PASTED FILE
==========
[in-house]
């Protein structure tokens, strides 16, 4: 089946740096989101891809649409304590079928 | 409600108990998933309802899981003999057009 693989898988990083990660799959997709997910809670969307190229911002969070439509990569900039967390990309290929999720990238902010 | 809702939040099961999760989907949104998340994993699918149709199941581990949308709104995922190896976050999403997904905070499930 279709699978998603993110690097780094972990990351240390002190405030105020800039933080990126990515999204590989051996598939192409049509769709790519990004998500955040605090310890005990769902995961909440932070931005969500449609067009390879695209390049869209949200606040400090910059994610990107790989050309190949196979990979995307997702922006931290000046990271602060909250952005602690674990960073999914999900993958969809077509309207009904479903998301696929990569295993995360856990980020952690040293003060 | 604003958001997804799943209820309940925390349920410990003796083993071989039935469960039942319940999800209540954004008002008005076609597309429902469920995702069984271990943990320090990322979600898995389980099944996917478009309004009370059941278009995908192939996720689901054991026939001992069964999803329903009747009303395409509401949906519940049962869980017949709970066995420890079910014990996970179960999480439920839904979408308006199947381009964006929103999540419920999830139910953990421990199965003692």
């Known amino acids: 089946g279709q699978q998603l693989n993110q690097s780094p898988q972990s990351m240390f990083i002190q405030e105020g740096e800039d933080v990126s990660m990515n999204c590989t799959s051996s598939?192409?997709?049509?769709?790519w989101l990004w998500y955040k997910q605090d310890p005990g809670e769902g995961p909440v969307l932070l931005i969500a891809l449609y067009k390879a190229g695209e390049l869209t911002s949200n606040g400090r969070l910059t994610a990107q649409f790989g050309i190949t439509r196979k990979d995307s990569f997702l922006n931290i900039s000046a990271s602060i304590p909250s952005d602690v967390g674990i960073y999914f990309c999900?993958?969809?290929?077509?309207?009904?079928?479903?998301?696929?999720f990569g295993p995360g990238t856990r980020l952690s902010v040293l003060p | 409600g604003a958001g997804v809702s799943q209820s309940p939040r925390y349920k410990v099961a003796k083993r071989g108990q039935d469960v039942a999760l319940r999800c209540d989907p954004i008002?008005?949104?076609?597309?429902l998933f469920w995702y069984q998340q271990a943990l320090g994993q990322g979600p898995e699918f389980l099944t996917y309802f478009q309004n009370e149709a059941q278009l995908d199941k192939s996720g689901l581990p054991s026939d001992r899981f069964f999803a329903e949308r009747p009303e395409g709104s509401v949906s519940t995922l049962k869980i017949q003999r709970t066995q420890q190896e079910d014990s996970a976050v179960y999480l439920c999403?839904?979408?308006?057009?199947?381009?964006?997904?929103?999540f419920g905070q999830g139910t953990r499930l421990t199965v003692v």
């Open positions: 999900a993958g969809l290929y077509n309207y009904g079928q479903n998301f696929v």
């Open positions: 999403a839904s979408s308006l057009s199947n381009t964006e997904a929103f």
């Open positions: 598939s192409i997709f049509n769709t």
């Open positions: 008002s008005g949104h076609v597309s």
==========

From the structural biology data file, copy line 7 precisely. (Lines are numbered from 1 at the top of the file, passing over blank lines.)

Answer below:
């Open positions: 008002s008005g949104h076609v597309s």